Kid Canaveral’s Lumber Party II @ Stereo, Glasgow

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This review originally featured in The Skinny.

A troupe of nuns adorned with eye patches and smears of lipstick, a raffle, electro and indie-pop, drink-fueled dancing, and a SAY Award winner at a tiny piano; what more could you want from a Saturday night? Lost Map’s foray into events continues with the second installment of Lumber Party – a loosely Valentine’s Day-themed celebration of diverse, energetic entertainment.

Lumber Party II, put on by Lost Map lynchpins Kid Canaveral, is seven hours of eclectic enjoyment, kicking off with the beguiling Kathryn Joseph. Standing behind a small plinking piano and hand-pumped harmonium, the songs become new entities. The high-pitched clink of the toy keys gives a sinister edge to the likes of The Worm and new song Tell My Lover, but allows Joseph’s bewitching, distinct vocal to be the central focus. Despite tracks that sit deep in the heart of darkness, between songs she’s as engaging and funny as ever. Rounding off the set with These Three Desire Lines, written last year with The Twilight Sad‘s James Graham but tonight sung alone, it’s entrancing even in its stripped-back, solo state.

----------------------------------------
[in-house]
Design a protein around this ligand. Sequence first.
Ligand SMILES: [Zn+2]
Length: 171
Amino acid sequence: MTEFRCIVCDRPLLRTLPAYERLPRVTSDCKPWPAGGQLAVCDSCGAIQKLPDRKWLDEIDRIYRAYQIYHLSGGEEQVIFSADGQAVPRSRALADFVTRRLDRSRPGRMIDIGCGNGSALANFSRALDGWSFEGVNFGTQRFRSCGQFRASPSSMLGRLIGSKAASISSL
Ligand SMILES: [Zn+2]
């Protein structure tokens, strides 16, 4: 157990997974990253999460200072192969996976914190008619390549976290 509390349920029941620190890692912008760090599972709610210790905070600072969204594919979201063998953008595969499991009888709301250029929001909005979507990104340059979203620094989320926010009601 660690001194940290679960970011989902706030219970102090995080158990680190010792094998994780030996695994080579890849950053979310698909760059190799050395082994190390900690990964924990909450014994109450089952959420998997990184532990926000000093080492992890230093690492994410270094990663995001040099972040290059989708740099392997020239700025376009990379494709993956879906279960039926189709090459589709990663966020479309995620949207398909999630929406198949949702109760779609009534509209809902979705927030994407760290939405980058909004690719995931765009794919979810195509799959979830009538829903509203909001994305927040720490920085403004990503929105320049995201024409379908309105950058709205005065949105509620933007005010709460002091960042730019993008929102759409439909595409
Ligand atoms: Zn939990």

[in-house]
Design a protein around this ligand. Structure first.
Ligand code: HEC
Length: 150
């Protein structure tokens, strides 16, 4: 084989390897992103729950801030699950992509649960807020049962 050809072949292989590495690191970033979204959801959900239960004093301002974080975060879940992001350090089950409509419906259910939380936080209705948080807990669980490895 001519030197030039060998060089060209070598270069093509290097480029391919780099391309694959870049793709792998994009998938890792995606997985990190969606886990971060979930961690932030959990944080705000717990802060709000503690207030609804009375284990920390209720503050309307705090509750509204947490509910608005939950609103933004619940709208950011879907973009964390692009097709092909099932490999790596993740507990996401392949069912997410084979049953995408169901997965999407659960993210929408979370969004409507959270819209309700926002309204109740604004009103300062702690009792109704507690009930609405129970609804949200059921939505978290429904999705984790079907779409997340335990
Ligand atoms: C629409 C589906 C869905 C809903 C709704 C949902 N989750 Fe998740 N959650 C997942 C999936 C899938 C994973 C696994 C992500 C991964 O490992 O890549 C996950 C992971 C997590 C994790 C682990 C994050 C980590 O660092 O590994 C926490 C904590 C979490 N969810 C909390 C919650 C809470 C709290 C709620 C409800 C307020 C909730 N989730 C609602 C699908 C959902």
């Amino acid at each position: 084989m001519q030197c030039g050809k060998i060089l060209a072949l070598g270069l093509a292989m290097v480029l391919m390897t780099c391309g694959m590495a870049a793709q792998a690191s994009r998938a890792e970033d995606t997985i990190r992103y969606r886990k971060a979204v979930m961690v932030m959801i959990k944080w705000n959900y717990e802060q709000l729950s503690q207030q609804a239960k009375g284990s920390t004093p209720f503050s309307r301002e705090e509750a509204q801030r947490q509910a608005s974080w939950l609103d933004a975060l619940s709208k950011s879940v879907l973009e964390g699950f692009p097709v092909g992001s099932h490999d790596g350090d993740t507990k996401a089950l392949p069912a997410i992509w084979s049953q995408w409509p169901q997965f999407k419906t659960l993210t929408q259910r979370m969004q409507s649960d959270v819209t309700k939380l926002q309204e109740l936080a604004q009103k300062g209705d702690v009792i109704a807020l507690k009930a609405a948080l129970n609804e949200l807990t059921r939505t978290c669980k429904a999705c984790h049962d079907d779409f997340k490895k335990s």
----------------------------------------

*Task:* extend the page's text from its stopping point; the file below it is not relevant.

London-based trio The Drink inject some 90s nostalgic guitar riffs into the basement space, ramping the sound up loud. Lead singer Dearbhla Minogue’s vocal is deceptively sweet whilst packing a punch as they power through some straight up pop-rock. Next up are Kid Canaveral, tight through tracks from their latest album Faulty Inner Dialogue and previous two records, despite some technical glitches. Pale White Flower and Her Hair Hangs Down are highlights, as is bass player Rose McConnachie’s deadpan disapproval for You Only Went Out To Get Drunk Last Night. The Canaverals are in fine form, as hosts and performers, with most of the band later resurrected in another guise – the prodigious cover choir, Rides of Christ.

From Bowie and Talking Heads to TLC, the fully decked-out Rides spill over the stage in eye patches and eye shadow, doing an amazing job of covering all manner of artists. There’s sing-a-longs aplenty and Kate Canaveral is outstanding during Cher’s Believe – serious stuff with the added aid of vocoder for ultimate authenticity.

Artist Sarah J Stanley in her HQFU incarnation is perfectly pitched for the post-1am crowd. With a sharp visual setup enhancing the club feel, the enduring revelers are rewarded with an excellent set of instinctive beats and stunning pop vocals.

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